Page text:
PubMed ID
1316310 View in PubMed
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Activity-induced dental modification in holocene siberian hunter-fisher-gatherers.

https://arctichealth.org/en/permalink/ahliterature100395
Source
Am J Phys Anthropol. 2010 Oct;143(2):266-78
Publication Type
Article
Date
Oct-2010
Author
Andrea Waters-Rist
Vladimir I Bazaliiskii
Andrzej Weber
Olga I Goriunova
M Anne Katzenberg
Author Affiliation
Department of Archaeology, University of Calgary, Calgary, Alberta, Canada, T2N-1N4. awaters@ucalgary.ca
Source
Am J Phys Anthropol. 2010 Oct;143(2):266-78
Date
Oct-2010
Language
English
Publication Type
Article
Keywords
Adult
Asia, Central
Chi-Square Distribution
Female
Fossils
Geography
History, Ancient
Humans
Male
Mandible
Microscopy, Electron, Scanning
Middle Aged
Occupations
Paleodontology
Sex Distribution
Siberia
Statistics, nonparametric
Tooth - anatomy & histology
Tooth Attrition
Abstract
The use of teeth as tools provides clues to past subsistence patterns and cultural practices. Five Holocene period hunter-fisher-gatherer mortuary sites from the south-western region of Lake Baikal, Siberia, Russian Federation, are observed for activity-induced dental modification (AIDM) to further characterize their adaptive regimes. Grooves on the occlusal surfaces of teeth are observed in 25 out of 123 individuals (20.3%) and were most likely produced during the processing of fibers from plants and animals, for making items such as nets and cordage. Regional variation in the frequency of individuals with occlusal grooves is found in riverine versus lakeshore sites. This variation suggests that production of material culture items differed, perhaps in relation to different fishing practices. There is also variation in the distribution of grooves by sex: grooves are found predominately in females, except at the Late Neolithic-Bronze Age river site of Ust'-Ida I where grooves are found exclusively in males. Occlusal grooves were cast using polyvinylsiloxane and maxillary canine impressions were examined by scanning electron microscopy (SEM) to determine striation patterns. Variation in striae orientation suggests that a variety of activities, and/or different manufacturing techniques, were involved in groove production. Overall, the variability in occlusal groove frequency, sex and regional distribution, and microscopic striae patterns, points to the multiplicity of activities and ways in which people used their mouths and teeth in cultural activities.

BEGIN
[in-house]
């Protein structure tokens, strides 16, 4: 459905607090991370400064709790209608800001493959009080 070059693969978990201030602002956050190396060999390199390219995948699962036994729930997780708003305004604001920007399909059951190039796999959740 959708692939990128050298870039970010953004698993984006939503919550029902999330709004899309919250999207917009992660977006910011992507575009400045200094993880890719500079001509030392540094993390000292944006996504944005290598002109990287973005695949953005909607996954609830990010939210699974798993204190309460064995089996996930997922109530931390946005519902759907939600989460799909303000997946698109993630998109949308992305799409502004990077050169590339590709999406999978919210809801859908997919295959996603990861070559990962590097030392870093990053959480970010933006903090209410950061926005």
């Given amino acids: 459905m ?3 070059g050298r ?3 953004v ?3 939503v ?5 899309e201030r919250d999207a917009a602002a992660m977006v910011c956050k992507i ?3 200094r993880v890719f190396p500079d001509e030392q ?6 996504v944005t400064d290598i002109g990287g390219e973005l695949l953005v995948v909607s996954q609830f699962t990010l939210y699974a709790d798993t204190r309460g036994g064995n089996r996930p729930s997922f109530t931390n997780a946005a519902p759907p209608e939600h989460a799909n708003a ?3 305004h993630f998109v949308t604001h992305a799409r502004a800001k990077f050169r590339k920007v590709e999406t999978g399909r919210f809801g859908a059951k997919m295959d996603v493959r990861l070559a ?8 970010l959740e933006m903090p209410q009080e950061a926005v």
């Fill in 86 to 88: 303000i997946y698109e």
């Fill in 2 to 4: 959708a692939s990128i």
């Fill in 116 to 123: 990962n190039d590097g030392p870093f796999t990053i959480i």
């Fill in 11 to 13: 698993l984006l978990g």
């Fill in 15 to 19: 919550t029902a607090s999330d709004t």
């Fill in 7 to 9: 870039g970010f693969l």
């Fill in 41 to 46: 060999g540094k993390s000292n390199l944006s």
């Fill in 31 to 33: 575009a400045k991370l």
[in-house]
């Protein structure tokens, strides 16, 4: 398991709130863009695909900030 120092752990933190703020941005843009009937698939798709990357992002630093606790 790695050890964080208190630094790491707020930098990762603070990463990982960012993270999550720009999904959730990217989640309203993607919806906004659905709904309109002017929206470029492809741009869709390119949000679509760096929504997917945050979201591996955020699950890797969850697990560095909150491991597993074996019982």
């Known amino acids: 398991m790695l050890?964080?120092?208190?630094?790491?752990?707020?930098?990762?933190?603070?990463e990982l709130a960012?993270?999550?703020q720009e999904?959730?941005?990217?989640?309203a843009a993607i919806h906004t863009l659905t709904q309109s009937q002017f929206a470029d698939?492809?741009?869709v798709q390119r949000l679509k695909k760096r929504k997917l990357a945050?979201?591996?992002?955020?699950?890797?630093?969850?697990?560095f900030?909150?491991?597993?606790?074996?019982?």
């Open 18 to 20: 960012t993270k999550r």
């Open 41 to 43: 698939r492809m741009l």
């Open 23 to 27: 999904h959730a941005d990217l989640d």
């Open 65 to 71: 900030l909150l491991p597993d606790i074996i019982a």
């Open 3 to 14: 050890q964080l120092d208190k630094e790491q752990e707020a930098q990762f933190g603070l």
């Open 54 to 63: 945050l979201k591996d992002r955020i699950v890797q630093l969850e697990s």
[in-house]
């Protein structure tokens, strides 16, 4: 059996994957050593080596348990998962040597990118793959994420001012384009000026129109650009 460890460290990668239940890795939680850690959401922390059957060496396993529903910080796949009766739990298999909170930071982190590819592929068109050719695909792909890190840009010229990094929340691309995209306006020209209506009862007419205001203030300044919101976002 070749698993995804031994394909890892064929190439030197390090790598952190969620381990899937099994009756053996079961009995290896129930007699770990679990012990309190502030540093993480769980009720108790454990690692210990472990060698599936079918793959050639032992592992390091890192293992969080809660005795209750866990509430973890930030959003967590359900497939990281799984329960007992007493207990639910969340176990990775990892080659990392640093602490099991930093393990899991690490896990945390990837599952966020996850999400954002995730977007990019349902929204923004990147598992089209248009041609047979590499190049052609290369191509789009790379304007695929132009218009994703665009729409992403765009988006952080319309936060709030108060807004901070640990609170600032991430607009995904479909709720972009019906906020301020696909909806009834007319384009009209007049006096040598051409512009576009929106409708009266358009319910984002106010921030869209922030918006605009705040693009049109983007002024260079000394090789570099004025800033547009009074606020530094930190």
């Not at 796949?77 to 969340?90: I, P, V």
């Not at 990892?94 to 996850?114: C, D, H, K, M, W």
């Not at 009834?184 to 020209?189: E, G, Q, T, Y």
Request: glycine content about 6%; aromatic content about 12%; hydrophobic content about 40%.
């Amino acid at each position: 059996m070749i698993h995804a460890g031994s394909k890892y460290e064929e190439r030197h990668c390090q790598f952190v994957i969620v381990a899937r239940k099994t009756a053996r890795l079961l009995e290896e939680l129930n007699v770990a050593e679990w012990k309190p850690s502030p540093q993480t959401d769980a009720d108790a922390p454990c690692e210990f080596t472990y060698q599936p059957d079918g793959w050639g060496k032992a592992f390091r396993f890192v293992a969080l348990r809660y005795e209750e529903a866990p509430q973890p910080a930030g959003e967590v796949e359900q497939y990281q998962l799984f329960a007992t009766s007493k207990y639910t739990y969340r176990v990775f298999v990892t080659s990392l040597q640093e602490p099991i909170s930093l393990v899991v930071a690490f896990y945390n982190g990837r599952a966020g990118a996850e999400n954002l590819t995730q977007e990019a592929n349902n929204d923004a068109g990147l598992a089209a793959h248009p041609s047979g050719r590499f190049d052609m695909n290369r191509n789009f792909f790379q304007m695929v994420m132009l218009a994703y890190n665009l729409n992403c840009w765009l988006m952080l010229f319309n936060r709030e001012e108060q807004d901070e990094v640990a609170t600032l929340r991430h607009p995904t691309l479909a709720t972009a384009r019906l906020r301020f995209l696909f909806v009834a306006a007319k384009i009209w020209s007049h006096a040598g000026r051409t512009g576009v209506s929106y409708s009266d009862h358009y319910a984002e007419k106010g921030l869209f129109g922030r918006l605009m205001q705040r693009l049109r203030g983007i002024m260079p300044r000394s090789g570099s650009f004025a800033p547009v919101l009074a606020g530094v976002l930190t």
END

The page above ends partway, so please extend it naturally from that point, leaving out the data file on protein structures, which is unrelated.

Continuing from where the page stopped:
PubMed ID
20853480 View in PubMed
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Acute interstitial pneumonia in mink kits: experimental reproduction of the disease.

https://arctichealth.org/en/permalink/ahliterature4624
Source
Vet Pathol. 1986 Sep;23(5):579-88
Publication Type
Article
Date
Sep-1986
Author
S. Alexandersen
Source
Vet Pathol. 1986 Sep;23(5):579-88
Date
Sep-1986
Language
English
Publication Type
Article
Keywords
Acute Disease
Aleutian Mink Disease - pathology
Aleutian Mink Disease Virus - isolation & purification
Animals
Female
Immunoenzyme Techniques
Lung - pathology - ultrastructure
Male
Microscopy, Electron
Microscopy, Fluorescence
Mink
Pregnancy
Pregnancy Complications, Infectious - pathology - veterinary
Pulmonary Fibrosis - pathology - veterinary
Research Support, Non-U.S. Gov't
Abstract
Organ homogenates from kits that died of interstitial pneumonia were inoculated into adult Aleutian disease virus (ADV)-negative mink and shown to contain infectious ADV. Acute interstitial pneumonia was experimentally reproduced with the organ homogenate but only by inoculation of newborn kits born from ADV-negative dams. Older kits and kits from ADV-positive dams did not develop interstitial pneumonia, but later developed the classic form of Aleutian disease. Electron microscopic examination was done on purified suspensions of defined ADV isolates and on purified organ homogenates from kits with spontaneous or experimental interstitial pneumonia. In kits from both groups a virus, morphologically resembling the defined ADV isolates, was demonstrated. Findings of intranuclear inclusion bodies and intranuclear ADV antigen in alveolar type-II cells in affected lungs and the lack of immunologically mediated lesions suggest that lung lesions result from primary viral injury to alveolar type-II cells. Experiments also showed that infection of dams with ADV before pregnancy decreased the number of kits per mated dam and infection with ADV in mid-pregnancy caused fetal death, fetal resorption, or abortion.